The chemical fume hood is a primary safety device used to protect laboratory workers from chemical exposure, fires, or explosions. The Fume Hood protects the user from flammable, toxic or offensive chemicals by providing an enclosed work area or barrier between the user and the hazardous material.Protection from chemical exposure is provided as air is drawn from the front (or face) of the fume hood to baffles located in the back of the fume hood. The air is then exhausted through duct work to a roof stack. Note: chemicals should be located at least 6 to 8 inches deep, from the face of the hood, so vapors or fumes can be captured and transferred to the back of the fume hood.Protection from a fire or explosion is provided by the structure and type of material the fume hood is made of. The sash employs tempered safety glass, resistant to heat and explosive impact. The body of the fume hood is also made of material resistant to fire and explosions.
Chemical Fume Hood Performance Criteria
Research activities at The Ohio State University are so varied that it is difficult to establish chemical fume hood performance criteria for all research activities. In addition, the increased desire to lower energy consumption has influenced fume hood manufacturers to design and develop new low flow fume hood systems. These systems incorporate aerodynamic designs to maintain safe fume hood performance while lowering air flow velocities.To accommodate the vast number of activities performed in chemical fume hoods and the changing designs of chemical fume hoods, a flexible air flow range has been established incorporating a recommended high and low. The established low is 100 linear feet per minute (lfm) and established high is 150 lfm, both measured with the sash open 18 inches. These numbers do not represent air flow limits, but provide a range that will keep a majority of the chemical fume hoods safe for researchers. New low flow chemical fume hoods will need to meet the manufacturers air flow design criteria.To determine if fume hoods performing outside of the established range are safe to use, smoke tests can be performed to demonstrate visually that the contaminants are properly captured.There are other factors that need to be considered when evaluating chemical fume hoods for safe performance. Large instruments or apparatus placed in a chemical fume hood can disrupt airflow, as can foot traffic in front of the fume hood. Fume hood structural integrity, broken or fractured sash glass, missing parts such as utility side panels, baffles or the air foil, blocked lower slots of the baffle, these all effect fume hood performance and safety.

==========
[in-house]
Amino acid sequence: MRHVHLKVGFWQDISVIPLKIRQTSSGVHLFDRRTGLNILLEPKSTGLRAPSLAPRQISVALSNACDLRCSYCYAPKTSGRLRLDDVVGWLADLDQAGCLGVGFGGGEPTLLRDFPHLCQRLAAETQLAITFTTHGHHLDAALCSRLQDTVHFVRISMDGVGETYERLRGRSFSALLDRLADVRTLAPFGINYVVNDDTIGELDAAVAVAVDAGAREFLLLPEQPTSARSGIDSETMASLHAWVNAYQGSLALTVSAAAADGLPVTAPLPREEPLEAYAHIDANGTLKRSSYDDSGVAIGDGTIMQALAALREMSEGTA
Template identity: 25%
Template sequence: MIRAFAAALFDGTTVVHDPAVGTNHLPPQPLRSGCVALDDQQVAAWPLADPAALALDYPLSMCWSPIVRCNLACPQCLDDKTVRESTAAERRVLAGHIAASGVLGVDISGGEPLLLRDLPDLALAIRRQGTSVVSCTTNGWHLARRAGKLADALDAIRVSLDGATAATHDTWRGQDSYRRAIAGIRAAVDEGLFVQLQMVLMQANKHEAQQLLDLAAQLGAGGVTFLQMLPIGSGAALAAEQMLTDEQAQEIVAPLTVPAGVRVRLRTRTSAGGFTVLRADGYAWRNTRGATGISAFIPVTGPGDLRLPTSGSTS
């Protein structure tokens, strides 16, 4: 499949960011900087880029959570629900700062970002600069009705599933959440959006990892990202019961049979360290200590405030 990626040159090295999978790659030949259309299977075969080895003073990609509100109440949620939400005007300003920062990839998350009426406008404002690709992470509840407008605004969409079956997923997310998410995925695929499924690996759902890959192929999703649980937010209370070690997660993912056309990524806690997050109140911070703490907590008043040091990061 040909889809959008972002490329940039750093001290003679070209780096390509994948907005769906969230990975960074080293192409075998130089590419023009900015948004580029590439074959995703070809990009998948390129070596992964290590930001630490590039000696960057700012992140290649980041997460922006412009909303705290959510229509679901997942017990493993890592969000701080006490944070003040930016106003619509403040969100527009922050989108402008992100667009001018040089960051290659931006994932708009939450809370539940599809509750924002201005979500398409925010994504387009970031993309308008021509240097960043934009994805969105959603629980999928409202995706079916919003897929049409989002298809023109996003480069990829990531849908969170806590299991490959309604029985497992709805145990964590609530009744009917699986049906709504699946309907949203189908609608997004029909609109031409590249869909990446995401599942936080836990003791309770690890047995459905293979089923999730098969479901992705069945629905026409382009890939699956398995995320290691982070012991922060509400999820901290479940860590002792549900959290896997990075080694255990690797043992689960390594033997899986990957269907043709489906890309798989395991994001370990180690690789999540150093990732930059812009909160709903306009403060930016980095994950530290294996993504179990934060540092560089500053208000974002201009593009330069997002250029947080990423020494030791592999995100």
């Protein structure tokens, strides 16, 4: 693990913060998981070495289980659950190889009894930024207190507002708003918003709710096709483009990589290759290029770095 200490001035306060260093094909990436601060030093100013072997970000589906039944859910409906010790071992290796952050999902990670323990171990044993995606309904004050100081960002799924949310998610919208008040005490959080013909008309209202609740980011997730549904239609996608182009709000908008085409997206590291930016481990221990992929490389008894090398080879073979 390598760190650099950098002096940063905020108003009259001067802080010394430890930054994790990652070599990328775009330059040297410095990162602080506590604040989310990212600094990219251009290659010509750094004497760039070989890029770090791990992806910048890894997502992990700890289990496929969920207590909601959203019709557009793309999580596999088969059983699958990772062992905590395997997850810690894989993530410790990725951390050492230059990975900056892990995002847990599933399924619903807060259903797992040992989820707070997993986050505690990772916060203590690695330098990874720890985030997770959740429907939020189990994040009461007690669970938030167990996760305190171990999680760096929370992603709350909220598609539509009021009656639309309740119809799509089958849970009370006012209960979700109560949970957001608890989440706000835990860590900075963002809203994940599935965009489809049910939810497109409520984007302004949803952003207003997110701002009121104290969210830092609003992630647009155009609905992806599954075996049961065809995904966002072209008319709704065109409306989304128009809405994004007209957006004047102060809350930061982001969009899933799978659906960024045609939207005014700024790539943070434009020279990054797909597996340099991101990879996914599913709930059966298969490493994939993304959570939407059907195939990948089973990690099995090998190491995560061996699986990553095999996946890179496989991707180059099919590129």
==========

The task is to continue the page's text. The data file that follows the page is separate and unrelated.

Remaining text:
Chemical Fume Hood Evaluation and Certification
Chemical fume hoods should be evaluated on an annual basis. If the flow indicator shows a change in face velocity or the user suspects a problem with performance, STOP ALL WORK IMMEDIATLY and contact CFAES Safety & Compliance.
Note: laboratory workers should check the flow indicator daily. CFAES Safety & Compliance conduct these annual fume hood evaluations and certifies the fume hoods if they meet performance criteria and the integrity of the fume hood is not compromised. There can be no cracks in the safety glass, the sash must slide properly and the hood must be structurally sound. For approved fume hoods, CFAES Safety & Compliance personnel will leave a certification sticker on the sash. If the fume hood is not approved for use, an out of order sign will be placed on the sash.
Fume Hood Quick Facts
- You must have the sash opened no further then 16-17 inches above the air foil
- You must work 6 inches inside the cabinet
- Large equipment must be elevated 1-2 inches up
- Fume hoods must be certified annually by CFAES Safety & Compliance to ensure proper working order
- Users must not block the baffles
- A training module is available for Fume Hood Safety under Training
- If the fume hood needs repaired submit a service request here, if the fume hood needs certified submit a service request here.